The acidity of oil is a measure for acid oxidation products dissolved in oil (carbon acids), which are produced by carbon hydrogen ageing under the influence of oxygen from air, temperature and metallic catalysts. Therefore, it is an indication for the ageing condition of the oil filling. The acid portions attack metallic surfaces (contacts) with corrosion and water catalyses the reduction of solid insulation [3]. With the portion of these and other polar components in oil (alcohol, aldehyde and cetones, preliminary stage of carbon acids) the water susceptibility of the insulating oil increases. The acidity is determined according to IEC 62021 part 1 and defines the alkali quantity (KOH) in mg/kg which is necessary for neutralising the existing acid portions in 1 gram of oil.


Insulating oil can be polluted by dirt, carbon black and oil sludge. Dirt particles, enamel and cellulose fibres can be caused by production faults or sometimes even by not precise sampling. Carbon black is often detected in oil from load transformer switch and acute electric faults. Oil sludge is produced finely disseminated in insulating oil due to advanced ageing. Over the years it deposits itself. If this happens in the cooling-air duct of the windings, a heat accumulation and even a thermal breakdown may occur. Since the solubility of high-molecular oil ageing products (sludge) in insulating oil decreases with lower temperatures, primarily at cool spots, e.g. the transformer fins, sledge deposits are formed. If it comes worst to the worst, this may lead to a significant reduction of the cooler efficiency.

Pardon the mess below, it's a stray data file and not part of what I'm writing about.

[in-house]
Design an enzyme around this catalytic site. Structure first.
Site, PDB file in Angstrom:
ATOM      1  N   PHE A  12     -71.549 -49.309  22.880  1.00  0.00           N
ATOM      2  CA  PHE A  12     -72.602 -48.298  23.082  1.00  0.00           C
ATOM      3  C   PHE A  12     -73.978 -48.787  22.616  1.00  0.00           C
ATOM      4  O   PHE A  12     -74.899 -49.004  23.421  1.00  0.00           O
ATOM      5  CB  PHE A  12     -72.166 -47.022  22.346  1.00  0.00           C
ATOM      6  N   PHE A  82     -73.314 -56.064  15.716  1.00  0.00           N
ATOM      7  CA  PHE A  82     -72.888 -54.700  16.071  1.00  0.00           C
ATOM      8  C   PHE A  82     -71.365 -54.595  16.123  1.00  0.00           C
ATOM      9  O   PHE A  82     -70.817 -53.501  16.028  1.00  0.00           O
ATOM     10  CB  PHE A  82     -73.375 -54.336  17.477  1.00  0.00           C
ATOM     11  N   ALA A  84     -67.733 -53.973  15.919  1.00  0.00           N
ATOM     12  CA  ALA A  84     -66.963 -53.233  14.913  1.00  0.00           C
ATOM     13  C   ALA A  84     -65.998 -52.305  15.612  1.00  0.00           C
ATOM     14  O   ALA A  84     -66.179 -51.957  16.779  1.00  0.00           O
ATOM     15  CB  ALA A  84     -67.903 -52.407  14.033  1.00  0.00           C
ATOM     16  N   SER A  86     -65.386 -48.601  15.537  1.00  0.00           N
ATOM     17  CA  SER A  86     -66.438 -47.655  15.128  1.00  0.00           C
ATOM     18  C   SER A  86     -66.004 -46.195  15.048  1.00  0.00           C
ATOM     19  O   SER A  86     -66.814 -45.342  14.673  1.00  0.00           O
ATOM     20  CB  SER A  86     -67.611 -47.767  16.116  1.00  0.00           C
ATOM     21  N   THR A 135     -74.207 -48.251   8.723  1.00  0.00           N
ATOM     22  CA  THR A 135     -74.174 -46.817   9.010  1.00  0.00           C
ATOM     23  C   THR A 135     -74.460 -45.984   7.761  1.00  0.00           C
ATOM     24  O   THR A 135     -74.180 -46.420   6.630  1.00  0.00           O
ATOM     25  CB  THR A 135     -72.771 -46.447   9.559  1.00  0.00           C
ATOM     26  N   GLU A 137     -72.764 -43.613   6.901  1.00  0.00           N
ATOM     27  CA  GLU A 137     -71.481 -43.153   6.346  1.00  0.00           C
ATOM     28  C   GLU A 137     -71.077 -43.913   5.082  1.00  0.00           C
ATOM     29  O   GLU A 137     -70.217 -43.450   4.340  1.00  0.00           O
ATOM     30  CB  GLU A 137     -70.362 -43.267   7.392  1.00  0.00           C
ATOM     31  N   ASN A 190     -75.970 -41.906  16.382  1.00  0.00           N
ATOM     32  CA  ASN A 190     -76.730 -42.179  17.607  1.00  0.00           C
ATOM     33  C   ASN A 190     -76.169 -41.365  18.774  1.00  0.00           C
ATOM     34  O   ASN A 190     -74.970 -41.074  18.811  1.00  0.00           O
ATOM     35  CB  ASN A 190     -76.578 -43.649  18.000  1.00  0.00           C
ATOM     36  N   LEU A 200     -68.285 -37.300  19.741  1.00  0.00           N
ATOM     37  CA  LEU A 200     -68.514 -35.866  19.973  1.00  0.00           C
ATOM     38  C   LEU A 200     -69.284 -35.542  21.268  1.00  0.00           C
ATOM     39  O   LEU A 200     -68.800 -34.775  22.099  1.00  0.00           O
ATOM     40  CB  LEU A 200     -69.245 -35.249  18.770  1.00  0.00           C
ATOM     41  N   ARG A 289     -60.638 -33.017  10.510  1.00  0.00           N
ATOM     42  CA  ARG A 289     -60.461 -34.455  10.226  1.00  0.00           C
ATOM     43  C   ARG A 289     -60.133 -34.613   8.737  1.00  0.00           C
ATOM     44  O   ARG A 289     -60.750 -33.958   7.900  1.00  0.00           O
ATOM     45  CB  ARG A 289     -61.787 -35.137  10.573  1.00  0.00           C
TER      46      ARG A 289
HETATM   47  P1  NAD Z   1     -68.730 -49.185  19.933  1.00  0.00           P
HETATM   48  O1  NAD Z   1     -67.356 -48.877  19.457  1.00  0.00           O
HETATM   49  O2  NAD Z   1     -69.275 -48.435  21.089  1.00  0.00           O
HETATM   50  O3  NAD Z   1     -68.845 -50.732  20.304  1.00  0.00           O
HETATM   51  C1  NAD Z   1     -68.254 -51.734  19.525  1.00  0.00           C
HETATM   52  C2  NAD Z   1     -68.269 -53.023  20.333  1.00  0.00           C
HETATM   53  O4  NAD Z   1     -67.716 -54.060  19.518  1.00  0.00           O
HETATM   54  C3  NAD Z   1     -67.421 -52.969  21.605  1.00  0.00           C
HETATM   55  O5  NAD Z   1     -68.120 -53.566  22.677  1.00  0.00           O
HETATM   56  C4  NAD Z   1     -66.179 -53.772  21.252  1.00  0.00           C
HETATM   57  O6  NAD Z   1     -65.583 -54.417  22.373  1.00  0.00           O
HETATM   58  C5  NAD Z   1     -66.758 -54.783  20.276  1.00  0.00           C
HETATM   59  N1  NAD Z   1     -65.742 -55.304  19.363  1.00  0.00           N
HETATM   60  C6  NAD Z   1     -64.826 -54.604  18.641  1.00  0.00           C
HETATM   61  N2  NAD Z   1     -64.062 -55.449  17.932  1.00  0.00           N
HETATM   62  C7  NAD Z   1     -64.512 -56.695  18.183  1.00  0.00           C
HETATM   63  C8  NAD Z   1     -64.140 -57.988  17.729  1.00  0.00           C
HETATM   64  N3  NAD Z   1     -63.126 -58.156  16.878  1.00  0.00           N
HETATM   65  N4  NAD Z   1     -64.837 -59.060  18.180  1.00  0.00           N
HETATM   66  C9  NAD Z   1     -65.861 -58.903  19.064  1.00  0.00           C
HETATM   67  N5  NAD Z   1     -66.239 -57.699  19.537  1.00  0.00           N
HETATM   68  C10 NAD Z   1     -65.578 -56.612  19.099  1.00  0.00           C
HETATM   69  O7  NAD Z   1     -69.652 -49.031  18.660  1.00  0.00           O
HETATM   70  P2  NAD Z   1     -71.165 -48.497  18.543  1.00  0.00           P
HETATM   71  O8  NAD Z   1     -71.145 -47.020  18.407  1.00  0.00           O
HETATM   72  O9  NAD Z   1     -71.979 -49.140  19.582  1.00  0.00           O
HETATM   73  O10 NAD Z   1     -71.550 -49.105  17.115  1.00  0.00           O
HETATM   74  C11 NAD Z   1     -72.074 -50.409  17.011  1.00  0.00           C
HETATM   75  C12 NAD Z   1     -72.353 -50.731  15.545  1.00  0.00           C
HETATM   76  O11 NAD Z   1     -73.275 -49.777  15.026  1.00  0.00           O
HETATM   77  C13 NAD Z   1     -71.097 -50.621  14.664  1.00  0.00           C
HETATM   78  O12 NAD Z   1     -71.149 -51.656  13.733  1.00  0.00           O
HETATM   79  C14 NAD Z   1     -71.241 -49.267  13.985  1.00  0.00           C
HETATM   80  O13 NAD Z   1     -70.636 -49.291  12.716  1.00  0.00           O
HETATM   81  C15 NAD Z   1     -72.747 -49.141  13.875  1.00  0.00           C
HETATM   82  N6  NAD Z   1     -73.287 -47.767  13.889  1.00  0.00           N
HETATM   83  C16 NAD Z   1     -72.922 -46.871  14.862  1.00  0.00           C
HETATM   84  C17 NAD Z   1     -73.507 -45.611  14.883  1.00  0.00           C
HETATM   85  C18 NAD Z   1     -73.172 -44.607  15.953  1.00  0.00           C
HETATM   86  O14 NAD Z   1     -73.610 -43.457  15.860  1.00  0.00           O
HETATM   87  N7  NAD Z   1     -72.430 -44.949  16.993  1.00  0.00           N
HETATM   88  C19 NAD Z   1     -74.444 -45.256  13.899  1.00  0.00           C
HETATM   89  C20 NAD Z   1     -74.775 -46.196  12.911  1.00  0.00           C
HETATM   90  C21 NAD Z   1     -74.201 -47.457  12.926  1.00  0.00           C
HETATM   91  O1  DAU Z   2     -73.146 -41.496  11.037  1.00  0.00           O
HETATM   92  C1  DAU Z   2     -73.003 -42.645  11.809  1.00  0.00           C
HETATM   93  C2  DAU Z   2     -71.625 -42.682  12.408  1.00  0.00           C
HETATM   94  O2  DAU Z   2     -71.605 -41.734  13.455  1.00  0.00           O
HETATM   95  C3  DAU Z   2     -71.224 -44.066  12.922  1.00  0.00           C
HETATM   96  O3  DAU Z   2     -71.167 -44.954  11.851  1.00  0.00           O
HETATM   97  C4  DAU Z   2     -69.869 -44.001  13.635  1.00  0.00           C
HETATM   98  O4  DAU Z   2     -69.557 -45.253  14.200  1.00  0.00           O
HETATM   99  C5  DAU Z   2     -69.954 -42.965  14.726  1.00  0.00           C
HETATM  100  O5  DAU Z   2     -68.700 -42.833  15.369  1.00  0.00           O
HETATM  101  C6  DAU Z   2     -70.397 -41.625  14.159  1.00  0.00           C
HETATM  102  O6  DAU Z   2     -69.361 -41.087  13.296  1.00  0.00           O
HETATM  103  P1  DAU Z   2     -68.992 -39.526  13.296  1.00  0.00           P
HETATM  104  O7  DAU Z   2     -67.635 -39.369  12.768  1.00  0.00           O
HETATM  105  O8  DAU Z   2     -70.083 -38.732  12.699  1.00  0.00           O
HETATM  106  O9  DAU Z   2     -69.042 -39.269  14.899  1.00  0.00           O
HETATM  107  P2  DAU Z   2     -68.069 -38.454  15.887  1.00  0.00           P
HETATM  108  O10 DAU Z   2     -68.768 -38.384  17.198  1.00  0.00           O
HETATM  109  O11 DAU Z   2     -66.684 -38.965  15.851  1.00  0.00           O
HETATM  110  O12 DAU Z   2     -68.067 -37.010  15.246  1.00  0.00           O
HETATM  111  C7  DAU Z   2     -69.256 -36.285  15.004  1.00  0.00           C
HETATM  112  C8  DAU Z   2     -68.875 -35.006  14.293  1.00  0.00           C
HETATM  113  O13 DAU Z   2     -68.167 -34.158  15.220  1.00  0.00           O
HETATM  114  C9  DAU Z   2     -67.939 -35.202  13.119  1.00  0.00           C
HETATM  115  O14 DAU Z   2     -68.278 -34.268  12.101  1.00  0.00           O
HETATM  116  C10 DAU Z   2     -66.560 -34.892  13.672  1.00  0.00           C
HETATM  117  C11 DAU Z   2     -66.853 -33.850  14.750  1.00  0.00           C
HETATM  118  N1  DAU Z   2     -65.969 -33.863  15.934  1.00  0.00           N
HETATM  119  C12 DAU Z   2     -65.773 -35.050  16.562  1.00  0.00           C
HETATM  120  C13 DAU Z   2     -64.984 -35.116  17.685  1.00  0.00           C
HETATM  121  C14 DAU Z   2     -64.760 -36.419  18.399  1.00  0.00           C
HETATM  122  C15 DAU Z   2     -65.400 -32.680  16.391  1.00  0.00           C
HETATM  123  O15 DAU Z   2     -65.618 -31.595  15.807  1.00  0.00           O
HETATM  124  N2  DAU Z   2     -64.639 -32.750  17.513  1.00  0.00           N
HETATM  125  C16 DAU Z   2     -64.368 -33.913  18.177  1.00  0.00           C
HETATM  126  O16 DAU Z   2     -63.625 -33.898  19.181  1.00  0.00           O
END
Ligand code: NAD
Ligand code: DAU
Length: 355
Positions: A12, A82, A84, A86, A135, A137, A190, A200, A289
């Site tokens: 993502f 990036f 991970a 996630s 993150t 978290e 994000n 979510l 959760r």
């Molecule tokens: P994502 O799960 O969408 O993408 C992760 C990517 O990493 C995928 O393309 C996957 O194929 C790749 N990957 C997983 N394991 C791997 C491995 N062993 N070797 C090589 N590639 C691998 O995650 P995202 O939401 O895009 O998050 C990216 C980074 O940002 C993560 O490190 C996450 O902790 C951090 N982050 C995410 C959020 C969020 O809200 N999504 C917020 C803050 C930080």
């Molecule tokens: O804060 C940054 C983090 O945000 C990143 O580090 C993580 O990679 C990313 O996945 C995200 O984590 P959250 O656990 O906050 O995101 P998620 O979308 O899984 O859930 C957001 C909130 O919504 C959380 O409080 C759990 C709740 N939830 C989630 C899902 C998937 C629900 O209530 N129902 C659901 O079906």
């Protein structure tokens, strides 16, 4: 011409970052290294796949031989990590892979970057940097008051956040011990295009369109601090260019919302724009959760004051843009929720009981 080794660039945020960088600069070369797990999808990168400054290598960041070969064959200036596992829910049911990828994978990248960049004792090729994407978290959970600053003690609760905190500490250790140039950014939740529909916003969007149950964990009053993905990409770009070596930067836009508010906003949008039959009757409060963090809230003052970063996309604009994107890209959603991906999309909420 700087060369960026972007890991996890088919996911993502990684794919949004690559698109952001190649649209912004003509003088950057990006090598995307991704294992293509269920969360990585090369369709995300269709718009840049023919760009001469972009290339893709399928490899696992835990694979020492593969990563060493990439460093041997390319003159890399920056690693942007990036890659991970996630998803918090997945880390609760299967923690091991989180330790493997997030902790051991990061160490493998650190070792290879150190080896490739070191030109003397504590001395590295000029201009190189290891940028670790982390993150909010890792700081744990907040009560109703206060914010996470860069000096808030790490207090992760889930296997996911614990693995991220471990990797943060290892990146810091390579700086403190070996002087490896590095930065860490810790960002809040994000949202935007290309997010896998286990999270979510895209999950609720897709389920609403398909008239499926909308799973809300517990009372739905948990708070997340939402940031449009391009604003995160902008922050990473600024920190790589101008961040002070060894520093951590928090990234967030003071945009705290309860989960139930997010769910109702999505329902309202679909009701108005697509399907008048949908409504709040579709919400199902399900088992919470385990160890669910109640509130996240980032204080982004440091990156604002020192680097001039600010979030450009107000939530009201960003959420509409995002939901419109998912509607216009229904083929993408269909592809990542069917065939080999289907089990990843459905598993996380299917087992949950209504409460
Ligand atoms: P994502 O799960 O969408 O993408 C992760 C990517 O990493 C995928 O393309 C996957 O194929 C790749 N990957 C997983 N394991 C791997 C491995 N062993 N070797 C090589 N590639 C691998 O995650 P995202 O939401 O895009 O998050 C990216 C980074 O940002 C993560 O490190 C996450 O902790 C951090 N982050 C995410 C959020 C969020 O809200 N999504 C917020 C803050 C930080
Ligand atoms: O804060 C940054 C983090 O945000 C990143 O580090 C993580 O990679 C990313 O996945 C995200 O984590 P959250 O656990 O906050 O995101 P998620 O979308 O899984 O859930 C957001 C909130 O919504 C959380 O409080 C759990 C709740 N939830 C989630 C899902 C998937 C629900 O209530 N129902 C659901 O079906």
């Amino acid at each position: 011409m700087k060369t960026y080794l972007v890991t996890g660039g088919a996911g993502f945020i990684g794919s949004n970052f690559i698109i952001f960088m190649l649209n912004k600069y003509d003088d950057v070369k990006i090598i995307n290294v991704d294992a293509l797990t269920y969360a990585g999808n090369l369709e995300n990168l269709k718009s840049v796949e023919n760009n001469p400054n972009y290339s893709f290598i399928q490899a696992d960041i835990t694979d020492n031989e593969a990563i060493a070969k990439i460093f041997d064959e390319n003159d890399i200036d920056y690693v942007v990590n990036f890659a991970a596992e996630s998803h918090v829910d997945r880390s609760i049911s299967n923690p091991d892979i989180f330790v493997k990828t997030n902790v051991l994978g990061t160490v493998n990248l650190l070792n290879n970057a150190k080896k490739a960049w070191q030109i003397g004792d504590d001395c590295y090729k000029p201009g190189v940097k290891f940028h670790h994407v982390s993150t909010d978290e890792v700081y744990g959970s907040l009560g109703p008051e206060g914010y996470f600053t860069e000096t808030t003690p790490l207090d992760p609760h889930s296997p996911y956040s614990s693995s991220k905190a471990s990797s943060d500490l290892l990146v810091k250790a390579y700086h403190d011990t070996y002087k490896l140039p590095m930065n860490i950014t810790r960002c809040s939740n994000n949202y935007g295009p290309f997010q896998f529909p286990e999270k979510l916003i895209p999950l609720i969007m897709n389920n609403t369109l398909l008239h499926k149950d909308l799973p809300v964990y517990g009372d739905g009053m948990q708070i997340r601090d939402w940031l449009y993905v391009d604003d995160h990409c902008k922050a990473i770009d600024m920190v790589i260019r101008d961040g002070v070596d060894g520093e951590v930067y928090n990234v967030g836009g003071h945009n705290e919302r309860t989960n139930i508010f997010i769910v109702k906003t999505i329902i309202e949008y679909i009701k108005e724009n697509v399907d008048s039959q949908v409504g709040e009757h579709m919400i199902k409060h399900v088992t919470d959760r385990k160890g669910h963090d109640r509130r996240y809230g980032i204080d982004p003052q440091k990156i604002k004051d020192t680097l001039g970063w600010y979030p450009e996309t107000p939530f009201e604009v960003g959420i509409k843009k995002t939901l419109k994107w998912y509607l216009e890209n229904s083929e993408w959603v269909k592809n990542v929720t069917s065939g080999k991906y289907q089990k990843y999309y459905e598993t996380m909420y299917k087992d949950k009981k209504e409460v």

The sludge content is qualitatively determined in a visual way and with filtration of an oil sample rest. If desired the determination can also focus on the quantity. If the release of oil sludge has just begun, the extent of the necessary service work (oil change, cleaning and drying of the active part...) cannot be subsidiary, not to mention the expected transformer’s breakdown time in this case. Nevertheless, the consequent observation of the dielectric dissipation factor tan delta (90°C) and the neutralisation value as well as the control of colour, purity and odour can grant a sign for the expected sledge formation. With the appropriate signs an oil sample should be tested in regard of precipitable sledge in n-heptane. This way a change of the insulating oil’s polarity is caused, and thus the early precipitating of the oxidation product probably existing in oil is forced. If the test is positive the formation of oil sledge is likely in the nearby future. So, necessary service work can be planned more efficiently

Colour and Odour

The testing of the oil sample in regard of colour and odour completes the examination result of the insulating oil sample.

Oil Filling Assesment

After having finished the routine examination according IEC 60422 the condition of the oil filling is assessed by means of the existing results and, if necessary, further measurements are recommended.

  1. ReferencesPiper J.D, AIEE Transactions 65, pp. 791-797 (1946)
  2. VDEW-Ölbuch, Band 2, p. 82, 7. Ausgabe 1996, VWEW-Verlag Frankfurt
  3. Vergne J. et al., REE, (2) 1995, pp. 75-83